Friday, 31 March 2017
This post was supposed to be about whole braised oxtail. After receiving consultation in my shell-like in a pub recently, about hammering out snappier, micro-recipe type posts, it was supposed to be my first. However, I got off on the wrong foot by wittering on about memories of eating oxtail soup as a poorly boy, with curly ginger hair and runny nose, and drifted on for about 500 words about my childhood. Which is fine, there is a place for that sort of stuff on blogs. But I wasn't really sticking to the task. As a result, I subsequently fell into a dark pool of self-doubt, with eyes bulging at the screen as I came back up to the surface. This was then followed, as always, by a prolonged bout of procrastination on Twitter. And then suddenly, I found myself outside in the garden, ripping up stalks of rhubarb that was just beginning to pink, having then decided that I was going to make rhubarb gin.
Writing is indeed a bugger sometimes.
But this is good. Because I can now show you how to knock up something exciting and imaginative in about, oooh, 5 minutes. Give or take. And that was the whole point in the first place.
So, rhubarb gin, what's that all abaaaht then? Well, there really isn't anything difficult about it. It's gin, flavoured by rhubarb and I happen to think that this triffid-like vegetable tastes great. When smothered with sugar, or doused in vinegar, or poached with wine, or curried that is. In its raw state, it's horrific. Your gums will recede so severely, that any teeth you have left with fall out immediately and you'll end up looking like Kenneth Williams for the rest of your life. Always, always cook it. Although I do use that term loosely.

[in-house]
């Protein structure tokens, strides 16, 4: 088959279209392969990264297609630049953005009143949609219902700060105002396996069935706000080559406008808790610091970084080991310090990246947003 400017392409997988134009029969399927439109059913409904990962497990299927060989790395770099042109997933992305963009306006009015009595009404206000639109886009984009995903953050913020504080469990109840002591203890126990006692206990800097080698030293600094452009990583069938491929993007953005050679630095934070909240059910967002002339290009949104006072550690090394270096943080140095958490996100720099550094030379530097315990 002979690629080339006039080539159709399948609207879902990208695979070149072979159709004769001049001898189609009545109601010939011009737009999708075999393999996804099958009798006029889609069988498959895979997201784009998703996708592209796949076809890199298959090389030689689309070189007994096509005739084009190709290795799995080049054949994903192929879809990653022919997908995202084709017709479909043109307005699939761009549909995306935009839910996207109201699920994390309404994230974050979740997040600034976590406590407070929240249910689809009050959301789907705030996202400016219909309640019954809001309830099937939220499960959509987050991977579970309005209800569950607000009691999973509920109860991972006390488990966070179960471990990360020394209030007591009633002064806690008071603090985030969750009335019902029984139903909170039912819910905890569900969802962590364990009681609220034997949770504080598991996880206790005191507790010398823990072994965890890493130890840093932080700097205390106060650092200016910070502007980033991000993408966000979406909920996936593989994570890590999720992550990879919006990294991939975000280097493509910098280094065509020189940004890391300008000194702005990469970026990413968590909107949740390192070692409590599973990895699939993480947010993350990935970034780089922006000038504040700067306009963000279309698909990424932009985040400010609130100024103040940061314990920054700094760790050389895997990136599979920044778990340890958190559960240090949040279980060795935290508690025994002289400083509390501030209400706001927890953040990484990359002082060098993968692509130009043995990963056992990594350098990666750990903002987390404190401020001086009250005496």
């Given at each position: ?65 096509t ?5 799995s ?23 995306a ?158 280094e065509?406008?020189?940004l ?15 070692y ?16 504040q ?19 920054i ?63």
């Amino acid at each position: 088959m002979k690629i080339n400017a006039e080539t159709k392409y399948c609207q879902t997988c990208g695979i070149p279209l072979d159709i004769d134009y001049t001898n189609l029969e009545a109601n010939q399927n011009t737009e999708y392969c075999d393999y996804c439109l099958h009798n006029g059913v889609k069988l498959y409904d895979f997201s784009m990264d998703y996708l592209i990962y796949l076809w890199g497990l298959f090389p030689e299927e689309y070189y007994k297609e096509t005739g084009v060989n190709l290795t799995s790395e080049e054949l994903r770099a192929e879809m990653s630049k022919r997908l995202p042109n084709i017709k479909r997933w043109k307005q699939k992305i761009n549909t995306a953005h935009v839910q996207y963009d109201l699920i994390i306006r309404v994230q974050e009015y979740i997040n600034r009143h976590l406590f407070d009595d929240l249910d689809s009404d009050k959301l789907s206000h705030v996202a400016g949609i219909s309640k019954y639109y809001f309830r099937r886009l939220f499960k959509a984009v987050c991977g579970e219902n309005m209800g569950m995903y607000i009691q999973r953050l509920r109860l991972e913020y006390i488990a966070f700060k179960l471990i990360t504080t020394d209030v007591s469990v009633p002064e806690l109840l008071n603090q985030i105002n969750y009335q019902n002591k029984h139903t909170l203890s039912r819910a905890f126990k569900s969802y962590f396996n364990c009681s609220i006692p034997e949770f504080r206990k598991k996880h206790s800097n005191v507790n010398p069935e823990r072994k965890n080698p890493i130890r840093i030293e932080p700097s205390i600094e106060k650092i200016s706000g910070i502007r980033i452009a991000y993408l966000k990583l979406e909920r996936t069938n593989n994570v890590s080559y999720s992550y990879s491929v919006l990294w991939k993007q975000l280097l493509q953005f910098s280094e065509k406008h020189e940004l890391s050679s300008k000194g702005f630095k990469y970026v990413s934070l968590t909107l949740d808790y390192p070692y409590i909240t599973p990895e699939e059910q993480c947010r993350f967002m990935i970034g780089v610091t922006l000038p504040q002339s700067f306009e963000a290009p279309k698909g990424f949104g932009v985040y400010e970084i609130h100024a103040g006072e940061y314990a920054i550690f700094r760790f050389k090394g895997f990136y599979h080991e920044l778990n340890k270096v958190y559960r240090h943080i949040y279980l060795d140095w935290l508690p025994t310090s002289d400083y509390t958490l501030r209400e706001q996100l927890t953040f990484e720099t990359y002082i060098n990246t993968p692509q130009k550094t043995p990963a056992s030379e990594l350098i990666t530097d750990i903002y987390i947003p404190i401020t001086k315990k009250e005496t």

For enhancing the gin, I start 'cooking' my rhubarb by adding a tablespoon of sugar, to get everything macerating away and so that the juices can start leeching out. Just one tablespoon mind. You can always add some more further down the line but if you add any more than necessary, you will end up with a hooch that is far too saccharin for sipping cold on hot summer days. Again, I am thinking about your teeth here.
Give it a month or so before you consider fishing the rhubarb back out and I would leave the pinkish gin* for at least another month or so. Before slurping on the patio and reclining on a sun lounger, legs and knees pressed together like a couple of saveloys for that all important Instagram shot.
Just remember though, it won't always be high days and holidays. You will need to get on with some proper work at some point. I know this more than most. Because today I finish the day job.
700gms rhubarb, leaves and ends removed, washed and chopped into cubes
700mls London Gin
1 tablespoon of caster sugar
Take a large, sterilised Kilner jar (a 2 litre one will be a sound investment) and throw in your chopped rhubarb.
Add the sugar and shake to mix altogether.
Leave for an hour.
Leave for an hour.
Shake again (by this point a lot of the juices should be running out from the rhubarb).
Leave for...a couple of minutes and then add the gin.
Leave for a month, in a dark place before taking the rhubarb back out. DO NOT WASTE THAT RHUBARB! Make a boozy crumble with it or something, for a soporific Sunday afternoon.
Enjoy a month later, straight with ice, or in something fizzy. I am sorry. I am not a mixocologist.